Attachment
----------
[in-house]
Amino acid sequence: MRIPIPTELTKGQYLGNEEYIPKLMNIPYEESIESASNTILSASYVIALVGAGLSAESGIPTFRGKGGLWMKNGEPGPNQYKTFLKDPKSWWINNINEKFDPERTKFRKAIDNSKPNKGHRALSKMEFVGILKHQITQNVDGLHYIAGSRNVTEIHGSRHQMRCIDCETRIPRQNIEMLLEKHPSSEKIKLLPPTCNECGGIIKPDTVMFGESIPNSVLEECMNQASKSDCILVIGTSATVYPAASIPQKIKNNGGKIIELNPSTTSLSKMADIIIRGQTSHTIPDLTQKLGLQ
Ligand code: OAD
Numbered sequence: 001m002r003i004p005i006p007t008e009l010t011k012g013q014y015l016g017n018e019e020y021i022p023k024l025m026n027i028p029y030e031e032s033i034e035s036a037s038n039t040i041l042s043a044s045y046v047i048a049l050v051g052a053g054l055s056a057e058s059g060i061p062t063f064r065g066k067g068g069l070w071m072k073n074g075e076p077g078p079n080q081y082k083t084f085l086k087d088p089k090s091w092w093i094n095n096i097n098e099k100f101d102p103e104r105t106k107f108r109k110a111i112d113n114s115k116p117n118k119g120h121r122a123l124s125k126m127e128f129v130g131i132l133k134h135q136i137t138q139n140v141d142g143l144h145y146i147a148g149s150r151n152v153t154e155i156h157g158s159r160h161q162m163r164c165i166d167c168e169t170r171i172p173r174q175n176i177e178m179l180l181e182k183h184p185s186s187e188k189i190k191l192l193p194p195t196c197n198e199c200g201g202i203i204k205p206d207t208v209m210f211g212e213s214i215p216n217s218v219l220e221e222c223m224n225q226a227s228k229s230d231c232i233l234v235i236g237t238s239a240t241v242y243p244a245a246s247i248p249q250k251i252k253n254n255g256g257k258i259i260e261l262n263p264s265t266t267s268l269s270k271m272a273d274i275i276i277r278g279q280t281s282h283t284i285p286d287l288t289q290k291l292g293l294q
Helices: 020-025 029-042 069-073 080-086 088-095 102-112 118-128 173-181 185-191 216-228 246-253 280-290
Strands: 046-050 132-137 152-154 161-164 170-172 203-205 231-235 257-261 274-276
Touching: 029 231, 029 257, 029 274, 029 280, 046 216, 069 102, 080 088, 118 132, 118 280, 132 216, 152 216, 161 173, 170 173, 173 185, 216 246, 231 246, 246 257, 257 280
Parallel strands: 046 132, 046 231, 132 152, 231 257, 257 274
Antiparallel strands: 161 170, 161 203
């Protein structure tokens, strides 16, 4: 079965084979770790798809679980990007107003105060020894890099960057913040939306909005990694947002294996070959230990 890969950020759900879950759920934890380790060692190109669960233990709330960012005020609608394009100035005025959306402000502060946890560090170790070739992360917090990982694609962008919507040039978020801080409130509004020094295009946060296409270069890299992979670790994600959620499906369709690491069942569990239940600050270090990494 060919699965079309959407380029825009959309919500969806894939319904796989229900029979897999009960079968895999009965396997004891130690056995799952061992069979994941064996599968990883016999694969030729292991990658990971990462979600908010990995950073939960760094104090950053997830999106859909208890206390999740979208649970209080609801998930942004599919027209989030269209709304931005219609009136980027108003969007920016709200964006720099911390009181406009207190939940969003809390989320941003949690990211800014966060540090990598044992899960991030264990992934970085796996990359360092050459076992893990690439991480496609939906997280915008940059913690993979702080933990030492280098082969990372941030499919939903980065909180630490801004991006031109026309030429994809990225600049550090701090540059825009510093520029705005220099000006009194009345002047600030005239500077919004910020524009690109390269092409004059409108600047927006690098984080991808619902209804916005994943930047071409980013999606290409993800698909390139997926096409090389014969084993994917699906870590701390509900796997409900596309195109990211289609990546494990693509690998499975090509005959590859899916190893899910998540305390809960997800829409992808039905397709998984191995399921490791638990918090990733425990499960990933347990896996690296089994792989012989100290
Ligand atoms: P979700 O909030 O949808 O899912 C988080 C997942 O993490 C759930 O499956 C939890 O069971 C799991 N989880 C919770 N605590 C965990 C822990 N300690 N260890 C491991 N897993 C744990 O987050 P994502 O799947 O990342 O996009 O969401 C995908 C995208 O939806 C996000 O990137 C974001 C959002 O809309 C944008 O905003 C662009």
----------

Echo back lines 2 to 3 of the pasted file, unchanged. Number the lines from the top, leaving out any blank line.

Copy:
Amino acid sequence: MRIPIPTELTKGQYLGNEEYIPKLMNIPYEESIESASNTILSASYVIALVGAGLSAESGIPTFRGKGGLWMKNGEPGPNQYKTFLKDPKSWWINNINEKFDPERTKFRKAIDNSKPNKGHRALSKMEFVGILKHQITQNVDGLHYIAGSRNVTEIHGSRHQMRCIDCETRIPRQNIEMLLEKHPSSEKIKLLPPTCNECGGIIKPDTVMFGESIPNSVLEECMNQASKSDCILVIGTSATVYPAASIPQKIKNNGGKIIELNPSTTSLSKMADIIIRGQTSHTIPDLTQKLGLQ
Ligand code: OAD